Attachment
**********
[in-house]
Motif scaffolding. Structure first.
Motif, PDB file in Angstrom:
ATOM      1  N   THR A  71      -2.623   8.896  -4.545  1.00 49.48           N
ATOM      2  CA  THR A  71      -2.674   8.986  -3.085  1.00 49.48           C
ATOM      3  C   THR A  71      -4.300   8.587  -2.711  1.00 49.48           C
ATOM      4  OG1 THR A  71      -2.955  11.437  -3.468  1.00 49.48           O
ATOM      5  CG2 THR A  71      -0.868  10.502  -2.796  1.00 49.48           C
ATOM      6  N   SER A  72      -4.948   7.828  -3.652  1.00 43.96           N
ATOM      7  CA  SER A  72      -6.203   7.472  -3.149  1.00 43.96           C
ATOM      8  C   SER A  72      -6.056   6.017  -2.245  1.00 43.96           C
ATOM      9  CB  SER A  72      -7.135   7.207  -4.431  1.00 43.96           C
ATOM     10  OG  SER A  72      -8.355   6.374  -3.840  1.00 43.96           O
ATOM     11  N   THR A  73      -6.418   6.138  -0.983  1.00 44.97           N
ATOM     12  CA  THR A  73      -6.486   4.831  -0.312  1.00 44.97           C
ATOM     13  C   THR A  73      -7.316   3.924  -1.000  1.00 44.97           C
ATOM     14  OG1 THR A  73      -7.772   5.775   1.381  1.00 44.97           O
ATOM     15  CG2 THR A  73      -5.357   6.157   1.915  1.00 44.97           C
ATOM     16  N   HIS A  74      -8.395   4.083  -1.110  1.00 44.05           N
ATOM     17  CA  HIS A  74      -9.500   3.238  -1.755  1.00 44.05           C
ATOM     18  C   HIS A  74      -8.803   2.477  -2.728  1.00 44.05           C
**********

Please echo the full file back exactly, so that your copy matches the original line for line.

[in-house]
Motif scaffolding. Structure first.
Motif, PDB file in Angstrom:
ATOM      1  N   THR A  71      -2.623   8.896  -4.545  1.00 49.48           N
ATOM      2  CA  THR A  71      -2.674   8.986  -3.085  1.00 49.48           C
ATOM      3  C   THR A  71      -4.300   8.587  -2.711  1.00 49.48           C
ATOM      4  OG1 THR A  71      -2.955  11.437  -3.468  1.00 49.48           O
ATOM      5  CG2 THR A  71      -0.868  10.502  -2.796  1.00 49.48           C
ATOM      6  N   SER A  72      -4.948   7.828  -3.652  1.00 43.96           N
ATOM      7  CA  SER A  72      -6.203   7.472  -3.149  1.00 43.96           C
ATOM      8  C   SER A  72      -6.056   6.017  -2.245  1.00 43.96           C
ATOM      9  CB  SER A  72      -7.135   7.207  -4.431  1.00 43.96           C
ATOM     10  OG  SER A  72      -8.355   6.374  -3.840  1.00 43.96           O
ATOM     11  N   THR A  73      -6.418   6.138  -0.983  1.00 44.97           N
ATOM     12  CA  THR A  73      -6.486   4.831  -0.312  1.00 44.97           C
ATOM     13  C   THR A  73      -7.316   3.924  -1.000  1.00 44.97           C
ATOM     14  OG1 THR A  73      -7.772   5.775   1.381  1.00 44.97           O
ATOM     15  CG2 THR A  73      -5.357   6.157   1.915  1.00 44.97           C
ATOM     16  N   HIS A  74      -8.395   4.083  -1.110  1.00 44.05           N
ATOM     17  CA  HIS A  74      -9.500   3.238  -1.755  1.00 44.05           C
ATOM     18  C   HIS A  74      -8.803   2.477  -2.728  1.00 44.05           C